Dealing with Loss, and Survivor’s Guilt

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This Is Tragic.
Bree and her friend Bridgette were
diagnosed with leukemia, on the same day, at the same hospital. They underwent
painful, grueling treatment together. They spent the hardest
times of their young lives with each-other…
And now that Bridgette’s died, Bree can’t imagine living without her…
It speak volumes on our ability to love… And how love’s power can even outweigh our ingrained instinct to endure.
But this kind of loss happens every day. And not just to cancer patients like her and I.
I felt a loss similar to hers not too long ago. The loss of my first patient.
To be fair, I’m not a doctor, yet. After my experiences as a cancer patient though, my drive to wanna become a doctor – a dream of mine from childhood – only grew stronger. Hugely. But on occasion, I meet people, either through this blog, from a friend, or at hospital, who are going through hard times. Through my experiences, I try and help them by giving them encouragement, someone to talk to, and, in the case of other cancer patients, who, I guess, make up the majority of people I talk to, trying to inform them of what’s to come (all the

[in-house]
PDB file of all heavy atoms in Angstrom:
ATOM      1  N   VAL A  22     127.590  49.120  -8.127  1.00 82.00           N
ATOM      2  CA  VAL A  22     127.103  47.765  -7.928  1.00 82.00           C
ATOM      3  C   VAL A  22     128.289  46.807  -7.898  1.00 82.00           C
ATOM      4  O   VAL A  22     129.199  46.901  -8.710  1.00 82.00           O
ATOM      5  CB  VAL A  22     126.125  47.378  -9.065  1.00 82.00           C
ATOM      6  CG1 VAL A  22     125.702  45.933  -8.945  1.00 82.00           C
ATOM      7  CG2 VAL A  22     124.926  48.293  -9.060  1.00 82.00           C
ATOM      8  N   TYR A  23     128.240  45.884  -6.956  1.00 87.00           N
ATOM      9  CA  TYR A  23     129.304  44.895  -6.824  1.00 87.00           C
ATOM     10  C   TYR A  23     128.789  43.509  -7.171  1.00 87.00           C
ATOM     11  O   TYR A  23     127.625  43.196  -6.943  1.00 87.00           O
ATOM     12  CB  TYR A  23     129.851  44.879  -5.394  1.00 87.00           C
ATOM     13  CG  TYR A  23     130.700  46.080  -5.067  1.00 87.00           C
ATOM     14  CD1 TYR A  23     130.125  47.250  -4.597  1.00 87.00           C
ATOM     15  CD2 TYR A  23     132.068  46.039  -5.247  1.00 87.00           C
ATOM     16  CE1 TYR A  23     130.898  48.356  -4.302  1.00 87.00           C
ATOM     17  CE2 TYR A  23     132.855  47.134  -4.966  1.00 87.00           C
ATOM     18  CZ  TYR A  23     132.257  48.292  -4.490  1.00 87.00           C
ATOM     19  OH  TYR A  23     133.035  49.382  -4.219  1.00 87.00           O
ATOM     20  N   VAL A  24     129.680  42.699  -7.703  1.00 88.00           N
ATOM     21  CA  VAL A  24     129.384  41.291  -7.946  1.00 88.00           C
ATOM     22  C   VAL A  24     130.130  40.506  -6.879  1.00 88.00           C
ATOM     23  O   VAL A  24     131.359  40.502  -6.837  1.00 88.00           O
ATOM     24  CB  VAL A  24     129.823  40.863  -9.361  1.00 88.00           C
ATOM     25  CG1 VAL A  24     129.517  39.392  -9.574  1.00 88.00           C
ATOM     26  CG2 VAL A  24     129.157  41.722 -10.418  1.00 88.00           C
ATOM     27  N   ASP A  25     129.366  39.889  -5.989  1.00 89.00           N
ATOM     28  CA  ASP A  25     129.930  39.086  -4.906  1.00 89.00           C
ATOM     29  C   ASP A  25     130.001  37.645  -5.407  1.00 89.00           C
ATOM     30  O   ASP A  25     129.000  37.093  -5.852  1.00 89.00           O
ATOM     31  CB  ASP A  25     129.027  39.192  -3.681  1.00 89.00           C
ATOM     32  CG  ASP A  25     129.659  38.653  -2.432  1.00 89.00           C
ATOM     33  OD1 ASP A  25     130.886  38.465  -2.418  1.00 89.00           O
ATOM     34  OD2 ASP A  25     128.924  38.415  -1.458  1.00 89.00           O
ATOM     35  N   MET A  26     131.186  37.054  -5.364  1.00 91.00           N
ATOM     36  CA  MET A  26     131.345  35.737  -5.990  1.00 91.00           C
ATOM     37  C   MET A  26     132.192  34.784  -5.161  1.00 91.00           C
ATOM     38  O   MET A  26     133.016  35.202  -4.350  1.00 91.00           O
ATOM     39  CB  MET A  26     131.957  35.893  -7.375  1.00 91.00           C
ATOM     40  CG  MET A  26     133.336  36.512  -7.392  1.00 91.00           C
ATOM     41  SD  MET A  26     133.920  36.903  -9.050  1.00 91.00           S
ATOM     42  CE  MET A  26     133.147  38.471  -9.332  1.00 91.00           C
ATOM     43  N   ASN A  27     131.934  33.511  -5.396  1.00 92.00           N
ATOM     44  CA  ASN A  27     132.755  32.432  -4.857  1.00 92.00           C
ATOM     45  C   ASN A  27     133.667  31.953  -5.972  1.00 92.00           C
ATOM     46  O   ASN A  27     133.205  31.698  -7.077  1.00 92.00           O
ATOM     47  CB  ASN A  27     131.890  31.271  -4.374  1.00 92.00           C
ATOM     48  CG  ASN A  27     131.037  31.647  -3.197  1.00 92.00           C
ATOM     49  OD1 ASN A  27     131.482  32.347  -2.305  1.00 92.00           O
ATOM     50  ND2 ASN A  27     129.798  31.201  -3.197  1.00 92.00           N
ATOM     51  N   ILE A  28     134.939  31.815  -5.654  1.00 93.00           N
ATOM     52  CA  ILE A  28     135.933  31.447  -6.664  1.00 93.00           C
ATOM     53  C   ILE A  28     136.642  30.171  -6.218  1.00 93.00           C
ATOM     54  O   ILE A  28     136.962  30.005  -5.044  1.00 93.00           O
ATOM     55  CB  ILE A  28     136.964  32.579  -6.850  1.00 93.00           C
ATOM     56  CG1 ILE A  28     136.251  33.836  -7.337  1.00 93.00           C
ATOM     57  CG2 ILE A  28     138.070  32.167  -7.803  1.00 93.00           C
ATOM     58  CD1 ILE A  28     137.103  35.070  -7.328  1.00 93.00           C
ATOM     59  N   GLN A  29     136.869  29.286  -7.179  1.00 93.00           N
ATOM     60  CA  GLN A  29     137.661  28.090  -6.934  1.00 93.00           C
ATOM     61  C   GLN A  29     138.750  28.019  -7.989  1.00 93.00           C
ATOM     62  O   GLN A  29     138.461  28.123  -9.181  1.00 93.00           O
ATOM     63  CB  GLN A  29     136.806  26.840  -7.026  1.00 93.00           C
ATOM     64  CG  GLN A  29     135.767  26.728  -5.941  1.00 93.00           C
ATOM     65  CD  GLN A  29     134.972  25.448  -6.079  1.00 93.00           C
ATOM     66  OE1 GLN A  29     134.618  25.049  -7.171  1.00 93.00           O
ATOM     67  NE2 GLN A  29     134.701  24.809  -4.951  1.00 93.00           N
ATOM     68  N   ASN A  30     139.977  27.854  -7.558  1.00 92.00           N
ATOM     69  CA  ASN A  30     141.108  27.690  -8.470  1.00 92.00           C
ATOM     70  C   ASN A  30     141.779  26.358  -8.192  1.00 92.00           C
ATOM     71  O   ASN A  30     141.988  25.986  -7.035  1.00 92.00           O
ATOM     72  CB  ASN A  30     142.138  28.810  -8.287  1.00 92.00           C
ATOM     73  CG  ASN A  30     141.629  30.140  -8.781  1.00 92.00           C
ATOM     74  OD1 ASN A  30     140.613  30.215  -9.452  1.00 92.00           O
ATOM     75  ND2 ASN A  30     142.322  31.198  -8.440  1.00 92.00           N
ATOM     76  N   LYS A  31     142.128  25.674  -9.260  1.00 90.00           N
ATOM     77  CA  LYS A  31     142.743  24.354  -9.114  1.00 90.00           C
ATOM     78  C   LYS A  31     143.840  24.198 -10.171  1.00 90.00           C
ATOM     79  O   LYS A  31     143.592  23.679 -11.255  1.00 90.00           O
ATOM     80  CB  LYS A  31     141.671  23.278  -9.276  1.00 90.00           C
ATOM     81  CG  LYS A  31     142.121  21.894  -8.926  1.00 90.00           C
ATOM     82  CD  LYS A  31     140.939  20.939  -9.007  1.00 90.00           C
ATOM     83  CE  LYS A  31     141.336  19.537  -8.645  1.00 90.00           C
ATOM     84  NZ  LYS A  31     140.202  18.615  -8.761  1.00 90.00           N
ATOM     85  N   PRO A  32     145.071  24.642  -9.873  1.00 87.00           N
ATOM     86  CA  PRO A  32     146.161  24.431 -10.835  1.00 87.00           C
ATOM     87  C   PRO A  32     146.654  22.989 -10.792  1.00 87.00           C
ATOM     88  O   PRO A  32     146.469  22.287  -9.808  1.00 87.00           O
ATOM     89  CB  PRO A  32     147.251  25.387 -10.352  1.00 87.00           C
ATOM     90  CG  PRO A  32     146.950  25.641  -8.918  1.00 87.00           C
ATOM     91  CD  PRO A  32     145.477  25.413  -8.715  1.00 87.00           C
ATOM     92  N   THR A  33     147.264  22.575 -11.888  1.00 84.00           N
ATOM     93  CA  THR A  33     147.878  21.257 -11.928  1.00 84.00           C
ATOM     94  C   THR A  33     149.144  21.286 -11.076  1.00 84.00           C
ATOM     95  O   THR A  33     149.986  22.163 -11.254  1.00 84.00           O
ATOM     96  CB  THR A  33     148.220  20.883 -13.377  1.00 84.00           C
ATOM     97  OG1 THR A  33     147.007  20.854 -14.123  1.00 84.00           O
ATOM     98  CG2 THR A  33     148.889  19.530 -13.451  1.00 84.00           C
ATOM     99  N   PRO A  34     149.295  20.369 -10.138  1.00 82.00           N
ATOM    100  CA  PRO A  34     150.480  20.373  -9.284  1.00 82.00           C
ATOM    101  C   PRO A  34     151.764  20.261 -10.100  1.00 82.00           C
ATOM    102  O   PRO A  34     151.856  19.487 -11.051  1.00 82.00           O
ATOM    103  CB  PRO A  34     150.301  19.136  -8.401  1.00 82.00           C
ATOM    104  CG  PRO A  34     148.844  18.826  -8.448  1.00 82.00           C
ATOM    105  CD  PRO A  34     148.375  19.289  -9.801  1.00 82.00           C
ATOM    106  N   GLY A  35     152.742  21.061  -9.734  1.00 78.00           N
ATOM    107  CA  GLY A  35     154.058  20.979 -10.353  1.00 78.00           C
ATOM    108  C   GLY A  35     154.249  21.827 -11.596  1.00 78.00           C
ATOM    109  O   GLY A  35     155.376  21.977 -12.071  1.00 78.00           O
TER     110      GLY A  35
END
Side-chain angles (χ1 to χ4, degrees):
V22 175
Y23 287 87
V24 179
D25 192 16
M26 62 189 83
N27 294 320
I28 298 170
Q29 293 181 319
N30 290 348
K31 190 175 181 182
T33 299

while trying to get them to be happy, despite what could be a long, hard battle).
Before my first bone transplant, I found that having the words of someone who’s been through the process more powerful than those of my doctors. They just stuck, there was just more power and credibility to the words that came out of a fellow patients’ mouth. And about midway through last year, I met a patient who was about to undergo a BMT. He’d been going strong for years after his lymphoma was in remission, but it had come back, and this was his last option.
A nurse responsible for coordinating the transplant asked if I could tell him about the procedure. I started talking to him and giving him tips for the procedure. I comforted, consoled and encouraged him when he got scared.I even prayed with his crying family at one point… and continued doing that through the whole transplant procedure, where I could.